A candid conversation with a professional woman married to a much older man.
Dr. Judi Strauss-Lipkin, 69, is the owner and principal of Strauss Financial in Chicago, Ill. and former professor of human resource management at Benedictine University. She spoke to Life Matters Media about her experiences caring for her aging husband. Larry, 87, a retired accountant and WWII veteran, is her husband of 26 years. Larry has suffered bouts with heart failure, Bell’s palsy, COPD and short-term memory loss.
There’s an 18-year age difference between you and Larry. Why didn’t his age bother you?
I was real clear about the 18-year age difference, but I’d been dating all over the place for a long time. I thought, ‘Okay, can I fall in love with this man? Two, can I live with this man? And three, is it okay if he doesn’t live that much longer?’ He was 61 when we got married. He’s 87 now. In my head I said 10 years, and we’ve been married 26. That’s a long time.
What was his first health scare?
We were going to Paris, and we were in this little hotel. At three o’clock in the morning he tells me, ‘I think I’m having a heart attack.’ It was kind of bad; we weren’t in one of those places where there’s a concierge and a desk. The emergency help did all the work in the ambulance and in the room. He was then sent to the American Hospital outside of Paris.
That slowed him down, and it took him a while to recover. He even stopped smoking his pipe. Later we would go on trips, and he would faint here and there. So wherever we would wind up, we would be in hospitals.
Do you have any suggestions for navigating health care?
You have to be incredibly organized and responsible, because the doctors aren’t going to care for your spouse like you do. You have to organize everything and know what’s going on. I have all Larry’s records on spreadsheets.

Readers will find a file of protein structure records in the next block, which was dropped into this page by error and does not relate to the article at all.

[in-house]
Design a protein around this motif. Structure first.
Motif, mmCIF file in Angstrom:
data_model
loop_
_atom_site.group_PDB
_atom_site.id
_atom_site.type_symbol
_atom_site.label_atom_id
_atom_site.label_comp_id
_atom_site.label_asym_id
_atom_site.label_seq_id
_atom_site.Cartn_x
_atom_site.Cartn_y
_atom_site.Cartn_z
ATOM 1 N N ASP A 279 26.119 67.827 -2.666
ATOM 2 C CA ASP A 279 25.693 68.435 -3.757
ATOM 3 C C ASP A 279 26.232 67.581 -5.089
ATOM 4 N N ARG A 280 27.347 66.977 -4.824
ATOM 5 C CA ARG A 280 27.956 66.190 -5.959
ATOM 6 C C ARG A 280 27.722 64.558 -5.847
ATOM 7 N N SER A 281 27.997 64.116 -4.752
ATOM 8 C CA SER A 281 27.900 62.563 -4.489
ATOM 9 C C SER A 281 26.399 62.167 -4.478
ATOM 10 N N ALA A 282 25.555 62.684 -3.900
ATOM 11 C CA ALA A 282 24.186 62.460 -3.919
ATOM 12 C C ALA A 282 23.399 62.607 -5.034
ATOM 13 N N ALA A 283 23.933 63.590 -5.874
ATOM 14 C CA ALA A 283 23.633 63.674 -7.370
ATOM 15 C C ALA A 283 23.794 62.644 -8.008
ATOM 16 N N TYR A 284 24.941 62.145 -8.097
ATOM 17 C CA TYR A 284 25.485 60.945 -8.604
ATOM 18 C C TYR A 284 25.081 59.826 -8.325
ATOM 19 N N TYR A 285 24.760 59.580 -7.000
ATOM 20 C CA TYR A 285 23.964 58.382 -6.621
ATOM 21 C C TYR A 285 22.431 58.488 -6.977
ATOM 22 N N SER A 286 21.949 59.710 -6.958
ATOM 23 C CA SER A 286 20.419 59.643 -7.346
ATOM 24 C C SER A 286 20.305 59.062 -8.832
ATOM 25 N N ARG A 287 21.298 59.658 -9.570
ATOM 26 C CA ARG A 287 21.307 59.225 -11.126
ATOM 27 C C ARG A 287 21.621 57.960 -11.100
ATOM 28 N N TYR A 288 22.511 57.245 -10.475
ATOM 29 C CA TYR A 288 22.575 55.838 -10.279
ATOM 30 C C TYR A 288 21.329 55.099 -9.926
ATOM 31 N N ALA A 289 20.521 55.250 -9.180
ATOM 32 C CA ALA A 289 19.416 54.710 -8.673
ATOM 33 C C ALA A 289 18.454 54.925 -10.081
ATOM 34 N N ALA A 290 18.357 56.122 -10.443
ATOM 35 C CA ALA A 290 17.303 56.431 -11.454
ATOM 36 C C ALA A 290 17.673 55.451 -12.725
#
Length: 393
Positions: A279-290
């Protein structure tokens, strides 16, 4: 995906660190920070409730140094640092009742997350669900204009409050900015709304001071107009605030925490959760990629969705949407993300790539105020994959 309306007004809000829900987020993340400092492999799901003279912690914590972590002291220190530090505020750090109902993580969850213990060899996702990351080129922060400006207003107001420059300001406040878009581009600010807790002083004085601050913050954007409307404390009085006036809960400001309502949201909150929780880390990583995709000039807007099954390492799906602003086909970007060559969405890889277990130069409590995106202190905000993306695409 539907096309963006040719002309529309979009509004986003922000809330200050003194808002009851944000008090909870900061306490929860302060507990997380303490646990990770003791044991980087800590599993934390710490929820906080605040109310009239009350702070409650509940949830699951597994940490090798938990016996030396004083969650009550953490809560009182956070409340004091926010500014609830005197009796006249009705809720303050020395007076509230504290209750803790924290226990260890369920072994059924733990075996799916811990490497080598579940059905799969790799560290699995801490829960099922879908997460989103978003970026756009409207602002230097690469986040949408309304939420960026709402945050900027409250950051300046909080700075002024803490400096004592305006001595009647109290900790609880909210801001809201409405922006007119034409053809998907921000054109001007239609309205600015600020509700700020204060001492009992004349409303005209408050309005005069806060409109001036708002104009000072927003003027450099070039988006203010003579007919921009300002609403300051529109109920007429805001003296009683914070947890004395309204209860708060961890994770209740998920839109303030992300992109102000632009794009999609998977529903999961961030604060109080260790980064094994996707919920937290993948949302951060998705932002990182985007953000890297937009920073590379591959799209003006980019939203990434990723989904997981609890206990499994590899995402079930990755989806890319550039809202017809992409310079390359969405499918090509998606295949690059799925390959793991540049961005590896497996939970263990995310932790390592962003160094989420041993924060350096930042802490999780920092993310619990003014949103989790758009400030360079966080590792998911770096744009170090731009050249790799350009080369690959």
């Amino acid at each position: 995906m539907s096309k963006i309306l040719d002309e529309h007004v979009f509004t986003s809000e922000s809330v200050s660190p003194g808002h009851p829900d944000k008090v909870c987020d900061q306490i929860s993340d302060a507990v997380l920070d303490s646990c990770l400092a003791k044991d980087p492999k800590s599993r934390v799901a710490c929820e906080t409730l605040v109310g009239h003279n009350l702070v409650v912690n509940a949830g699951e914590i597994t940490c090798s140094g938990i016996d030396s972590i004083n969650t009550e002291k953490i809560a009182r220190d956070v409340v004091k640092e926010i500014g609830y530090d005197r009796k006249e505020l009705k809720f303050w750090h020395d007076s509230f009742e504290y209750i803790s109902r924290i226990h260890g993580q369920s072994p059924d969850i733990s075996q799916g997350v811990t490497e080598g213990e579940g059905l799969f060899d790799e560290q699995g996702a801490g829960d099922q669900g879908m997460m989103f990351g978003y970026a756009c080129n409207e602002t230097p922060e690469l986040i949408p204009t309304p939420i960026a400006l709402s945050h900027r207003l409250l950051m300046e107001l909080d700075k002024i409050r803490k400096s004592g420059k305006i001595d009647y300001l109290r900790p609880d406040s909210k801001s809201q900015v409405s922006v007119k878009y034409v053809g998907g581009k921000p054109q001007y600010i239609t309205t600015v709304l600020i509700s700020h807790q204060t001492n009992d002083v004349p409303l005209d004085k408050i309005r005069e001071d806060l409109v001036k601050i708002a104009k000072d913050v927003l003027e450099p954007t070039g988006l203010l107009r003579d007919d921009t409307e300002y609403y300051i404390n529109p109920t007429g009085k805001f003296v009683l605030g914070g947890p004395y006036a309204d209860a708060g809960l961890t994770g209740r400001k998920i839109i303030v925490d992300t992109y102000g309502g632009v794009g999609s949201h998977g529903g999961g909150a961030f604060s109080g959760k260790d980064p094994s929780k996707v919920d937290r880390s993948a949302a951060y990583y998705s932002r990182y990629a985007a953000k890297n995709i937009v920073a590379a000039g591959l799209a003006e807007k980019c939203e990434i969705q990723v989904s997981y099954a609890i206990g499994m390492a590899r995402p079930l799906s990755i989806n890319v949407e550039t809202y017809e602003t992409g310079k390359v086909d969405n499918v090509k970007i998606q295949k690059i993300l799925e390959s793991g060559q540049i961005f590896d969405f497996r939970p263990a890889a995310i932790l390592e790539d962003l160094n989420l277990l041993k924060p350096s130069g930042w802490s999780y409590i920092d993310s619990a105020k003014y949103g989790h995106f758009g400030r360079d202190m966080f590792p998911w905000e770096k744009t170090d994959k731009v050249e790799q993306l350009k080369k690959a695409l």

You also have to read the drugs to see what’s really going on. Sometimes doctors will just prescribe drugs- so pay attention to drug interactions. I recently took Larry off an allergy drug and he seems much more alert. He’s also been working out with a trainer, and now he’s much more mobile.
On the flip side, when I started to read online about possible side effects, I was getting too much information. Too much information can freak you out. Filter all the information with someone you truly trust, someone who really knows your spouse and medicine.
There are also a million self-help groups. Sometimes those groups make you feel worse, because they’re depressing. You need to be emotionally strong and clear to take care of your spouse.
Most important, however, is giving your spouse the opportunity to tell you how he or she is feeling. My husband pushed back when I took too much control. He tells me when he needs help. Aging and sick people want to have some control over their life. Don’t take it away from them.
Do you have any financial planning advice?
I’m the opposite of everybody on the Internet who advises children to talk to their parents about end of life financial planning. Parents are private and don’t want their kids to give them orders. They’ll say ‘screw you, you just want our money.’ The parents really need to initiate the conversation with their children.
Larry can no longer manage our finances and investments. One day he told me, ‘You’re really good at making money but not at managing it. I want you to find someone to manage it for us.’ It was scary because I know something is happening to him. This was a man who was a financial genius; he used to make mathematical formulas. But now a great firm in the city manages our money. If something happens to him, I’ll be okay.
I would recommend that people be careful of caregiving agencies and nursing homes. Sometimes they just want to make money. Wait and see if your spouse really needs them.
Have you come to terms with his mortality?
Larry accepts himself and his age. So, if something is going to happen, that makes it easier for me. He is not fighting where he is. Right now, he is really happy, and that’s a really nice thing for me. I will honestly tell you, when we talk about our marriage, one of the really wonderful things for me is that I’ve learned a lot about how to live from him. So, when it’s time for it to be over, he’ll know and he’s okay.
Strauss, Ph.D., E.A., is owner and principal of Strauss Financial and Tax Service, in Chicago, Ill. She holds a Ph.D. in Human Resource Management from Union Graduate School and earned her master’s degree in counseling from Harvard University.
Photo by mikebaird